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J Am Soc Nephrol. 1991 Feb;1(8):1034-40.

Response of insulin-like growth factor I and renal hemodynamics to a high- and low-protein diet in the rat.

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Division of Nephrology and Hypertension, Harbor-UCLA Medical Center, Torrance 90505.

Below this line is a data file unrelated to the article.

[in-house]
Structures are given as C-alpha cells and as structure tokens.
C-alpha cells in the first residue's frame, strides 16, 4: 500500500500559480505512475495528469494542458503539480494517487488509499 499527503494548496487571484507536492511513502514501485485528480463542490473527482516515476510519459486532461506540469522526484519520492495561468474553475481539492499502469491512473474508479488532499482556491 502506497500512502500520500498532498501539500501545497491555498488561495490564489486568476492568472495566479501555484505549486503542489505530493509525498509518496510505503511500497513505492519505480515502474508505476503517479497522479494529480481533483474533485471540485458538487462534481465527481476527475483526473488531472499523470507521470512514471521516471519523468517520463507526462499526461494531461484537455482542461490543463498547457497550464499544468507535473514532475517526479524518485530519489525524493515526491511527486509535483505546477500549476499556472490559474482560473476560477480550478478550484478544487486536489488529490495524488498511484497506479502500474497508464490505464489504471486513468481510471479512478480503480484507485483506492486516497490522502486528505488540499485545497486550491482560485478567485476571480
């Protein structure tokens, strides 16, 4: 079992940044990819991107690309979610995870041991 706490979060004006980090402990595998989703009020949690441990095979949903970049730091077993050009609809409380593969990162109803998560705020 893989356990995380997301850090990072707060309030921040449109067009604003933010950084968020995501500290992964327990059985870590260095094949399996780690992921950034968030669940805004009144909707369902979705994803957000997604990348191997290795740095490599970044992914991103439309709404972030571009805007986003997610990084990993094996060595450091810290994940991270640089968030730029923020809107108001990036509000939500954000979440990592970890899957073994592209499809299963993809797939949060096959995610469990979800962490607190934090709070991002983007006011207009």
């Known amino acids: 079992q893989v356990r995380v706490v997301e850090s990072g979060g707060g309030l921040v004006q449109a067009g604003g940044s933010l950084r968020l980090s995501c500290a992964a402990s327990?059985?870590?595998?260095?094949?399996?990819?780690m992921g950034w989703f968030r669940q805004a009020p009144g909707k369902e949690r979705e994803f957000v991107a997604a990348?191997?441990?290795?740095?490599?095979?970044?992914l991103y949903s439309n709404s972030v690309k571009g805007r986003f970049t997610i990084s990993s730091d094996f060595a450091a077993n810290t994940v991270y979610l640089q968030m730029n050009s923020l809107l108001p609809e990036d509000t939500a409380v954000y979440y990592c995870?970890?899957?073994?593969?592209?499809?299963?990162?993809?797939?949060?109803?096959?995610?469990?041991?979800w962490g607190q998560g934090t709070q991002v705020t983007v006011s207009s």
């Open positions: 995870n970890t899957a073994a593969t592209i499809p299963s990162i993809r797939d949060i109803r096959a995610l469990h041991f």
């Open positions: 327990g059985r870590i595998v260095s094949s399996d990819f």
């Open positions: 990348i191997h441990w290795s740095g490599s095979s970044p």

An increase in plasma insulin-like growth factor I (IGF-I) levels by growth hormone injection or IGF-I infusion can raise renal plasma flow and glomerular filtration rate. However, it is not known whether a more physiological stimulus for IGF-I will also increase IGF-I in the kidney and whether the increase in renal or serum IGF-I is correlated with the increase in renal plasma flow and glomerular filtration rate. Male rats were pair fed either a high-protein (36% protein, N = 9) or a low-protein but isocaloric diet (9% protein, N = 9) for 10 to 14 days. Renal plasma flow and glomerular filtration rate were then estimated by clearance measurements, and IGF-I was measured in extracted serum, liver, renal cortical tissue, and glomeruli. Body weight gain and combined kidney weight were higher in high-protein rats as compared with low-protein animals (0.86 +/- 0.02 SEM versus 0.77 +/- 0.02 g/100 g body wt; P less than 0.05), but liver weights were not different. Serum, liver, and glomerular IGF-I levels were also higher in the high-protein rats as compared with the low-protein animals (serum, 1.12 +/- 0.03 versus 0.80 +/- 0.06 U/mL, P less than 0.05; liver, 183 +/- 17 versus 117 +/- 16 mU/g wet wt, P less than 0.05; glomeruli, 7.43 +/- 0.73 versus 4.81 +/- 0.59 mU/mg of protein, P less than 0.05). In contrast, the renal cortical IGF-I levels were not different in high-protein versus low-protein rats.(ABSTRACT TRUNCATED AT 250 WORDS).

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